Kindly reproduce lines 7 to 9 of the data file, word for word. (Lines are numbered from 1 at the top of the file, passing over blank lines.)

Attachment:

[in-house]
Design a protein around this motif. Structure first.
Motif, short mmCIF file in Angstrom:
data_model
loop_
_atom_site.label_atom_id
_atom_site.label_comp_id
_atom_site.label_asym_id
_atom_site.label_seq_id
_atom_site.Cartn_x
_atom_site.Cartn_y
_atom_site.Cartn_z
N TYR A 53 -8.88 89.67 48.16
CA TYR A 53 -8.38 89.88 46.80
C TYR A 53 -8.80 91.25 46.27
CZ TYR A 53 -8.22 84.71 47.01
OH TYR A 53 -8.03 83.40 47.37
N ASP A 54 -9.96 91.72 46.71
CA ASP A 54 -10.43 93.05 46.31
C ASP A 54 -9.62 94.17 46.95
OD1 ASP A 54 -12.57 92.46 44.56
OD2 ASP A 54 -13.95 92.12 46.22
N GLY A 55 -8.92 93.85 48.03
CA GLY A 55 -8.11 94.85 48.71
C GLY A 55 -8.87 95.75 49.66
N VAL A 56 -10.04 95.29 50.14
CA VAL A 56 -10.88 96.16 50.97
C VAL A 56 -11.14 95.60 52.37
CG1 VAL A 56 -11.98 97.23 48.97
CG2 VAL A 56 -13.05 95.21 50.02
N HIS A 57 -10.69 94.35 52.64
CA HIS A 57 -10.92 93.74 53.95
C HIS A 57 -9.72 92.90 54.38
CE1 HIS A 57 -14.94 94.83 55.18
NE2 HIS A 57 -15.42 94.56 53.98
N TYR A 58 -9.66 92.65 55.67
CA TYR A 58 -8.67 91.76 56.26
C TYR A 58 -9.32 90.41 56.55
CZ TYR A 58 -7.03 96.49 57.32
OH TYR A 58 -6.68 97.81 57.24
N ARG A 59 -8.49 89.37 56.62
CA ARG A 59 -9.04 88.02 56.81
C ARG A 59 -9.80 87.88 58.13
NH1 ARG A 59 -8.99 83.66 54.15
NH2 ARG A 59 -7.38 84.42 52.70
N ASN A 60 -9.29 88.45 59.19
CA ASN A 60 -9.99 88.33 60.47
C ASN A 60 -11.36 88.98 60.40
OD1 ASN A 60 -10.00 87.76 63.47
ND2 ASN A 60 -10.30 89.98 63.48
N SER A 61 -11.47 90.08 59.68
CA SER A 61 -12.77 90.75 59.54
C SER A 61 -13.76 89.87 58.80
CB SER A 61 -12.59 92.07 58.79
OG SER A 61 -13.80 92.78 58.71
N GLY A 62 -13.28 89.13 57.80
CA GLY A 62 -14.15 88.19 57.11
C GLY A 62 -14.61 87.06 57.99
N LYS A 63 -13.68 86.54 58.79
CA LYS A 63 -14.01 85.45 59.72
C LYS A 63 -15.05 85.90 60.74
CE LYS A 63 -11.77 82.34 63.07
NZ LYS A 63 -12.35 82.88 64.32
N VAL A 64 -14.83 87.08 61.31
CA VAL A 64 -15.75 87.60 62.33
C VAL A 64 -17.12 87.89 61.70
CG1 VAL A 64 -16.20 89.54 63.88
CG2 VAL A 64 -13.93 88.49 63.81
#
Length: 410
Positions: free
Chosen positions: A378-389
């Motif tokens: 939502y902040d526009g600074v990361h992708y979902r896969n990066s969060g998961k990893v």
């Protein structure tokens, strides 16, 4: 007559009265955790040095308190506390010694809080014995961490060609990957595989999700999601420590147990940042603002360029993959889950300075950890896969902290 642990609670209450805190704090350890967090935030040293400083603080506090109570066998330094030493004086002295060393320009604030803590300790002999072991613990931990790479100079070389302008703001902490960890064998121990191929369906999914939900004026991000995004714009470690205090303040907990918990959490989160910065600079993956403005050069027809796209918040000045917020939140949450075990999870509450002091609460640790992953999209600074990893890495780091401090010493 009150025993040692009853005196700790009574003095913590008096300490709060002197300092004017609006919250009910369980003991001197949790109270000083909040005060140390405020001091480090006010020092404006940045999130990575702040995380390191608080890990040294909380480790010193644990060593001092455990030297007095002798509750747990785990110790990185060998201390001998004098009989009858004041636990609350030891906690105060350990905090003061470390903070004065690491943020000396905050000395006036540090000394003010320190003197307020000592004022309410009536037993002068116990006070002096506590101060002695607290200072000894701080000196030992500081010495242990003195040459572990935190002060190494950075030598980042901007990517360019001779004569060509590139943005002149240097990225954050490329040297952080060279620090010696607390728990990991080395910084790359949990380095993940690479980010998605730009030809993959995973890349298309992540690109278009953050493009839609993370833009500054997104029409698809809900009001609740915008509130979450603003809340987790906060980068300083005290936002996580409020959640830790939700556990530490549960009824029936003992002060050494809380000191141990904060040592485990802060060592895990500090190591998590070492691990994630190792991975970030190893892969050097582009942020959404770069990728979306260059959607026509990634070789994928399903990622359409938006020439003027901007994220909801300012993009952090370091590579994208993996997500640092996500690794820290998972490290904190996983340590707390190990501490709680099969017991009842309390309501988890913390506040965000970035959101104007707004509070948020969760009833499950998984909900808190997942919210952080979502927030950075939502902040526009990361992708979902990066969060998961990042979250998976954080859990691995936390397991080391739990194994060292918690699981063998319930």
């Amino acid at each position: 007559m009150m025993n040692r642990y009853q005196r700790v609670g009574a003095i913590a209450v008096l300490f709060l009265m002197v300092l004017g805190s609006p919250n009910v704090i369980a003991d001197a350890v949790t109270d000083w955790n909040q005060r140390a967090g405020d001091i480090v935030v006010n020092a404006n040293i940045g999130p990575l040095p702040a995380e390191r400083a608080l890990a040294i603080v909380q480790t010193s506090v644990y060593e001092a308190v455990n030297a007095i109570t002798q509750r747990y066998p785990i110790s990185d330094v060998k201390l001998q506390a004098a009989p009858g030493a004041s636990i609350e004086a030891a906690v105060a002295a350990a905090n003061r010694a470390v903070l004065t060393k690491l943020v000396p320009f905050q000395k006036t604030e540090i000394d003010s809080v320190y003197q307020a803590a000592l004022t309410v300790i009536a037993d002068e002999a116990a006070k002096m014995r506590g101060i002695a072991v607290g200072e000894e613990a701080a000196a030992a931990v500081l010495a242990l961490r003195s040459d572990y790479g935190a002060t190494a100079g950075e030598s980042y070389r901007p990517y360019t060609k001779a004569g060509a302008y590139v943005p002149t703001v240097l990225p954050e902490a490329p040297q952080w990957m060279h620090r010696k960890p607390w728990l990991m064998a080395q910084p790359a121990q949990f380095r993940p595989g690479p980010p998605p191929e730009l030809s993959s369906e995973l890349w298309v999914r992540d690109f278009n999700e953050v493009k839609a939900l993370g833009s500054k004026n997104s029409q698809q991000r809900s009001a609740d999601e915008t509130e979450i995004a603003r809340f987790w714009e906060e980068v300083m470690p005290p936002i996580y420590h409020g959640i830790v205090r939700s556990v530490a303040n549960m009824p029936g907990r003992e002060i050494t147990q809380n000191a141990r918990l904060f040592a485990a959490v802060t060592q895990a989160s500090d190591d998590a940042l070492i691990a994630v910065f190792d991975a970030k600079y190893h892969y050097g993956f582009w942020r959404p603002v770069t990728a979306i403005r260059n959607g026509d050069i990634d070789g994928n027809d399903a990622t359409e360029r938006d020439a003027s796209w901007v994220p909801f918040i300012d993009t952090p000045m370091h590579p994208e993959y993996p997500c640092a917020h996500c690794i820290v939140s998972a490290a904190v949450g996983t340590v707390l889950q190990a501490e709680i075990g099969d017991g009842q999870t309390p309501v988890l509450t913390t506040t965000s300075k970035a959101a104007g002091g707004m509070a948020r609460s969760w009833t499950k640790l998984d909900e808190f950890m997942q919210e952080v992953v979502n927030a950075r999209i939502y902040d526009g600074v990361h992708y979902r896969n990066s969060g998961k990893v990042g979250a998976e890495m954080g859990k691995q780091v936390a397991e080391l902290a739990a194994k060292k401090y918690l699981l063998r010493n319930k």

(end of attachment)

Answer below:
_atom_site.label_comp_id
_atom_site.label_asym_id
_atom_site.label_seq_id